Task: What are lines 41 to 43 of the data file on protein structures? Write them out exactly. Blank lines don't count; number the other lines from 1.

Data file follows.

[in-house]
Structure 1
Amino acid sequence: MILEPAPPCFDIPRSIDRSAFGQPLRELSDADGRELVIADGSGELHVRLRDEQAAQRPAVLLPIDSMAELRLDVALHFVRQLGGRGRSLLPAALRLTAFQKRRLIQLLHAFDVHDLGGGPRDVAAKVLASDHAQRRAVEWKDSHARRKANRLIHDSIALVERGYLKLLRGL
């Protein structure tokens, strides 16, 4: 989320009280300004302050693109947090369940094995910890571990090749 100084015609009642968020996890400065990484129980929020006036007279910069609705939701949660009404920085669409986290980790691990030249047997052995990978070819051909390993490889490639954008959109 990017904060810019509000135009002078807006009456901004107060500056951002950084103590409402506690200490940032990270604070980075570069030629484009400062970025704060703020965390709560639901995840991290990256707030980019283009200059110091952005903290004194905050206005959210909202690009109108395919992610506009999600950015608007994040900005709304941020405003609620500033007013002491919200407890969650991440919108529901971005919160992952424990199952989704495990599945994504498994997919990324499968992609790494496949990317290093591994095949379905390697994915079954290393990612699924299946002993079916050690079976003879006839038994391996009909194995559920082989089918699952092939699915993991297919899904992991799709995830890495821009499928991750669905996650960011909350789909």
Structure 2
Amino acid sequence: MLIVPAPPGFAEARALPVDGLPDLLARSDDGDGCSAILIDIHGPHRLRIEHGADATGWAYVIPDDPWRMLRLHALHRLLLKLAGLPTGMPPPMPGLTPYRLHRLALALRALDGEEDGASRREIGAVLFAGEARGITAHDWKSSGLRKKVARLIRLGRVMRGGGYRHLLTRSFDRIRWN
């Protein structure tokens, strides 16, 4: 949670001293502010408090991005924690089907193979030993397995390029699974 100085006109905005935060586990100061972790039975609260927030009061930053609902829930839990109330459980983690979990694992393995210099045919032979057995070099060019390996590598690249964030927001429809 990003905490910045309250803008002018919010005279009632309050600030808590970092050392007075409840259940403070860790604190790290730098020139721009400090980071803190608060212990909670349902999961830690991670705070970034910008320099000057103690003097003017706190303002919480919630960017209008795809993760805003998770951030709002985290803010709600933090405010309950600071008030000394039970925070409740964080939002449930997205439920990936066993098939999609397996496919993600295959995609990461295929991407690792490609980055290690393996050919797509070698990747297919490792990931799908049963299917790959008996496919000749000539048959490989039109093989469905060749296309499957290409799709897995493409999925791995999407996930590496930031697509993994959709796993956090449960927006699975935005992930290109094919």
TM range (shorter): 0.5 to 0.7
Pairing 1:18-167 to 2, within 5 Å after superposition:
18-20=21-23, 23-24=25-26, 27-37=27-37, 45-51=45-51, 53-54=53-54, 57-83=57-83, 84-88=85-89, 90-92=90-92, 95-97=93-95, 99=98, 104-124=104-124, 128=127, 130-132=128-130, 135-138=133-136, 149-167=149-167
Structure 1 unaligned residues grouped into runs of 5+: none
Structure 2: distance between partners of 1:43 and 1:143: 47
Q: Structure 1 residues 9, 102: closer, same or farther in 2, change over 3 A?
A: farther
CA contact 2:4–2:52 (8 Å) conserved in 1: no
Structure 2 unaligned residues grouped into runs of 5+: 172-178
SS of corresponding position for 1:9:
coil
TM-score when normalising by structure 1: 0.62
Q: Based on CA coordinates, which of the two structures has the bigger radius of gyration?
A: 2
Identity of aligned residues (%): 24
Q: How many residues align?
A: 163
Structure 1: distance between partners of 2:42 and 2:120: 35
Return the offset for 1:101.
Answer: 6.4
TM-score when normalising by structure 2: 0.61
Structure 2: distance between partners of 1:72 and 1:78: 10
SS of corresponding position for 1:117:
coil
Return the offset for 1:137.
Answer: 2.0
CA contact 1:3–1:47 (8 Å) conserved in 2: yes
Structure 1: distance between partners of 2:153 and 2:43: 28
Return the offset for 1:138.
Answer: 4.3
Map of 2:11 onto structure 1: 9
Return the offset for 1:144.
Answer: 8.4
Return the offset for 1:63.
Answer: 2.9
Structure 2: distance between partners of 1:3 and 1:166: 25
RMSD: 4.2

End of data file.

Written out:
Return the offset for 1:63.
Answer: 2.9
Structure 2: distance between partners of 1:3 and 1:166: 25